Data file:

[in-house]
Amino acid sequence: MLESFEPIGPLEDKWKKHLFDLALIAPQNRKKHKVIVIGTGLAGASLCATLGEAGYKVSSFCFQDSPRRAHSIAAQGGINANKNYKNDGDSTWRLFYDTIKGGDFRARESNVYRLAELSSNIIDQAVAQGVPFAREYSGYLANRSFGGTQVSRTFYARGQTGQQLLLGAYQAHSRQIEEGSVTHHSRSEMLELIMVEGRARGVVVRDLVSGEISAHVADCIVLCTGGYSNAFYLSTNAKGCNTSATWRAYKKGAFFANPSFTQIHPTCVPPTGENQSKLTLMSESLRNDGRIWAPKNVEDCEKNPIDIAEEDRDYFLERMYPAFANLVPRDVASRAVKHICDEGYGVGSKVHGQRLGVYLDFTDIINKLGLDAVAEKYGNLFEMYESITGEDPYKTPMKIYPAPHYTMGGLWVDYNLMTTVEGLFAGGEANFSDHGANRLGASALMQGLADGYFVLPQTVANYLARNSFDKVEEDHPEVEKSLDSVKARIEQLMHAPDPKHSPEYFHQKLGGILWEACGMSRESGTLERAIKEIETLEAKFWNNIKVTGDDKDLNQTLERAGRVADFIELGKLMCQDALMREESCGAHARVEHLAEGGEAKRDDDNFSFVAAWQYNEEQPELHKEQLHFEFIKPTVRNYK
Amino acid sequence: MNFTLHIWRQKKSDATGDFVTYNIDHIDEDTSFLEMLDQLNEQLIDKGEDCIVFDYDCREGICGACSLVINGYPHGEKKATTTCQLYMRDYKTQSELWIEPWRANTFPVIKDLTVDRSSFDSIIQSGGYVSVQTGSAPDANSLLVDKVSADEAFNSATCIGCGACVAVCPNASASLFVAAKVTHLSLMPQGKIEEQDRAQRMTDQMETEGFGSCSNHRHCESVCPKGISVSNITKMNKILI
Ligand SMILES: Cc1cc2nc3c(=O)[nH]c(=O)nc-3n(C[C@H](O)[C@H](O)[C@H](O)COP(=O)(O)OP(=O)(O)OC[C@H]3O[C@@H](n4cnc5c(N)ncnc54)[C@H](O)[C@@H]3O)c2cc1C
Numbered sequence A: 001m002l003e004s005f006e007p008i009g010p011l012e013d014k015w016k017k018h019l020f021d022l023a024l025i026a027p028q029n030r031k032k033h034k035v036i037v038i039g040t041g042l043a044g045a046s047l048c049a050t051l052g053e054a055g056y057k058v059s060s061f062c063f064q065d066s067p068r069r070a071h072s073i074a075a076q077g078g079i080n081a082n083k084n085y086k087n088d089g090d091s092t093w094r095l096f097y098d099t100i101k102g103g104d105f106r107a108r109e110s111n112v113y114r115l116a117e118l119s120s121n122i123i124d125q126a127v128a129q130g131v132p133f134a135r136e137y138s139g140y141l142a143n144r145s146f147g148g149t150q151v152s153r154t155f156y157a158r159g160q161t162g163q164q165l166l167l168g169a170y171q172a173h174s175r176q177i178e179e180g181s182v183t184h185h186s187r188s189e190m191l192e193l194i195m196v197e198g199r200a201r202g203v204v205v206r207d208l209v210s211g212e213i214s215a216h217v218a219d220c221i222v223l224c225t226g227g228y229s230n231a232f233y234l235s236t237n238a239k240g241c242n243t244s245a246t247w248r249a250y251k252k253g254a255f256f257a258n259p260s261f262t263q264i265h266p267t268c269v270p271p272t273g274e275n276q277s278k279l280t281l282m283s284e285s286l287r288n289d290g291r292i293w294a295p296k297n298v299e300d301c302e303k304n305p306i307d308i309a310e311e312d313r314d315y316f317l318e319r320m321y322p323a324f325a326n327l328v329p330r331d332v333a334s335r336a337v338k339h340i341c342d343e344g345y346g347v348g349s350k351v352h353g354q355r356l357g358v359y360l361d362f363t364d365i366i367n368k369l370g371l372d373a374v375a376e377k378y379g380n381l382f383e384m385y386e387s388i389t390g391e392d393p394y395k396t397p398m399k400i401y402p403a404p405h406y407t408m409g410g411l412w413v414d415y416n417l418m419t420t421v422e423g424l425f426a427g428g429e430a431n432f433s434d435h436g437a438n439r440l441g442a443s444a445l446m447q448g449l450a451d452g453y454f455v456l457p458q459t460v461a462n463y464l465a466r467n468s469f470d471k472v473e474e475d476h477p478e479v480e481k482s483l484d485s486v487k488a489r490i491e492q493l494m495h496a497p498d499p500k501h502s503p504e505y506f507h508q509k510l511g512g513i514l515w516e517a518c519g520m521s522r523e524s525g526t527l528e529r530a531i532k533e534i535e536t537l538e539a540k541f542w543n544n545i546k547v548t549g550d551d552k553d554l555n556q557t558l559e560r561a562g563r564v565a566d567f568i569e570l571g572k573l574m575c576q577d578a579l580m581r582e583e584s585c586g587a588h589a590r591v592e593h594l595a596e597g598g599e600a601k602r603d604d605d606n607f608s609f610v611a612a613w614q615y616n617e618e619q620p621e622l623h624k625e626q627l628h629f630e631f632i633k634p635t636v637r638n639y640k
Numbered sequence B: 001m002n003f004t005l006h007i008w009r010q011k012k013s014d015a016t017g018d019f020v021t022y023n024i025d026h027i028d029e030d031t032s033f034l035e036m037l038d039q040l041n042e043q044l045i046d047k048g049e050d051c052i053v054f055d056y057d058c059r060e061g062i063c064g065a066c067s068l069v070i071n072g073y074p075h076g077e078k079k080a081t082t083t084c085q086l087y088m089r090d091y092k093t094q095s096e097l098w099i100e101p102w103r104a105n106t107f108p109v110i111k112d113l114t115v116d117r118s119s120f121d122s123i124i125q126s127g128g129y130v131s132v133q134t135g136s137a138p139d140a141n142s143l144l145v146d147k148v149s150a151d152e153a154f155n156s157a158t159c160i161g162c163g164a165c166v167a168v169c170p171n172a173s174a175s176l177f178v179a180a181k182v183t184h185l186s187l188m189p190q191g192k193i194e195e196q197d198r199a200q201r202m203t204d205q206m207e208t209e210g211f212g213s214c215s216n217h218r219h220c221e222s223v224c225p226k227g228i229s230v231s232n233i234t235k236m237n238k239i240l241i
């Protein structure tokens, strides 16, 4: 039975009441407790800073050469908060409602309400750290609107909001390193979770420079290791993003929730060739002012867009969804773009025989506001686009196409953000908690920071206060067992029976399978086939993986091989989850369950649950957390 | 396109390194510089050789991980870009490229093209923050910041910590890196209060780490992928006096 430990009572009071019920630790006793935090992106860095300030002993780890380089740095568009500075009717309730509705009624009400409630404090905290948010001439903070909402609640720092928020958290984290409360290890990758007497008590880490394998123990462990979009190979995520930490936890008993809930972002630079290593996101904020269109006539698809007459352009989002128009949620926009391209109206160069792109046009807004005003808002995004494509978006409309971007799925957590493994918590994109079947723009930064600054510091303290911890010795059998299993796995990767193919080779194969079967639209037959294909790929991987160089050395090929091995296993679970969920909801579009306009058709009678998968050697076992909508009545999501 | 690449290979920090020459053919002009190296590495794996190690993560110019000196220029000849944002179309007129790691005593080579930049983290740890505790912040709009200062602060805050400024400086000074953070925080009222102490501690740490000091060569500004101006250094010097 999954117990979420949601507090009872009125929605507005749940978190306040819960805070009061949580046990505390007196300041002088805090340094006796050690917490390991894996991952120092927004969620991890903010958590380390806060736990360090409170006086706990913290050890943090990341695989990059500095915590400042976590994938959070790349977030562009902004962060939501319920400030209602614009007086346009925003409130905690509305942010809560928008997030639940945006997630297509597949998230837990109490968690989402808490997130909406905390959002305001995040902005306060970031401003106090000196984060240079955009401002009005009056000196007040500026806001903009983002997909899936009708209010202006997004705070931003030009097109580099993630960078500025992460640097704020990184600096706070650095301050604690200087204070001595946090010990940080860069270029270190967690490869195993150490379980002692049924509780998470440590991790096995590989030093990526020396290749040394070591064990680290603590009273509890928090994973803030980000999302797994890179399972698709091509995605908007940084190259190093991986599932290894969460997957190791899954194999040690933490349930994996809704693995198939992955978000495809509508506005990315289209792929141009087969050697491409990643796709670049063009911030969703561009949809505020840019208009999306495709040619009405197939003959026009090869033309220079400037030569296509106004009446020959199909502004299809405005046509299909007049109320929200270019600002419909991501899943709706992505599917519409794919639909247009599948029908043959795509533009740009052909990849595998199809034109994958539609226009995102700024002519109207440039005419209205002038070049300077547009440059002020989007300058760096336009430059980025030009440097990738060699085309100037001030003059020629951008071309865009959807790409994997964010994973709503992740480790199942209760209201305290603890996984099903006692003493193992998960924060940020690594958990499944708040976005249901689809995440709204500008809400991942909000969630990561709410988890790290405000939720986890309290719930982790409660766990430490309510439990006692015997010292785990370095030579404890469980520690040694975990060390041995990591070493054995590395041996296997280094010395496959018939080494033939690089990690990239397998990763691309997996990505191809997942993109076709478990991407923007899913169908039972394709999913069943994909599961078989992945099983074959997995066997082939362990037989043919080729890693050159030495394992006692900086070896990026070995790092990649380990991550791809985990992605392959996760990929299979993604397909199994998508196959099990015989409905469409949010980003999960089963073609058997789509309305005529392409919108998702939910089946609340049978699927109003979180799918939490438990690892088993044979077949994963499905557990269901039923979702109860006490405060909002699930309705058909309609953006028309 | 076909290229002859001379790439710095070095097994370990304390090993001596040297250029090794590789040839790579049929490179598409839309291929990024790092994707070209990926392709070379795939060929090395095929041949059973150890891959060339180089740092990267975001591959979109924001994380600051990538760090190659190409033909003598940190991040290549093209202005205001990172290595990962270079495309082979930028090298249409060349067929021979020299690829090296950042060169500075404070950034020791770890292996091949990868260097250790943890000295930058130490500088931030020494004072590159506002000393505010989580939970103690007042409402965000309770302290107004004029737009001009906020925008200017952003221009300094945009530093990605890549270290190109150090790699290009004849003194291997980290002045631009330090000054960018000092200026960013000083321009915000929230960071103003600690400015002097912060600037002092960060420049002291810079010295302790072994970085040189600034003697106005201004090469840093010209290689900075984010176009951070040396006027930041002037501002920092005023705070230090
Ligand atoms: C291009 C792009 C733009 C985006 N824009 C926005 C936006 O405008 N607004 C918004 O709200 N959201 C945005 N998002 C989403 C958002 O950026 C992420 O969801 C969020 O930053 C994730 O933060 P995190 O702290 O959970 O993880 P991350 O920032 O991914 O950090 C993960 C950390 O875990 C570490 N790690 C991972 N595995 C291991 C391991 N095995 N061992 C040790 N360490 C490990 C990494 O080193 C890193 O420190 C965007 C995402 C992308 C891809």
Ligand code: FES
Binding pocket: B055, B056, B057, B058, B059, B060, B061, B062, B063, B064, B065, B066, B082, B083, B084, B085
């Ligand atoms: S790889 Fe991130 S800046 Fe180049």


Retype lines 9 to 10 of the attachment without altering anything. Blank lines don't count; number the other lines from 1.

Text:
Ligand code: FES
Binding pocket: B055, B056, B057, B058, B059, B060, B061, B062, B063, B064, B065, B066, B082, B083, B084, B085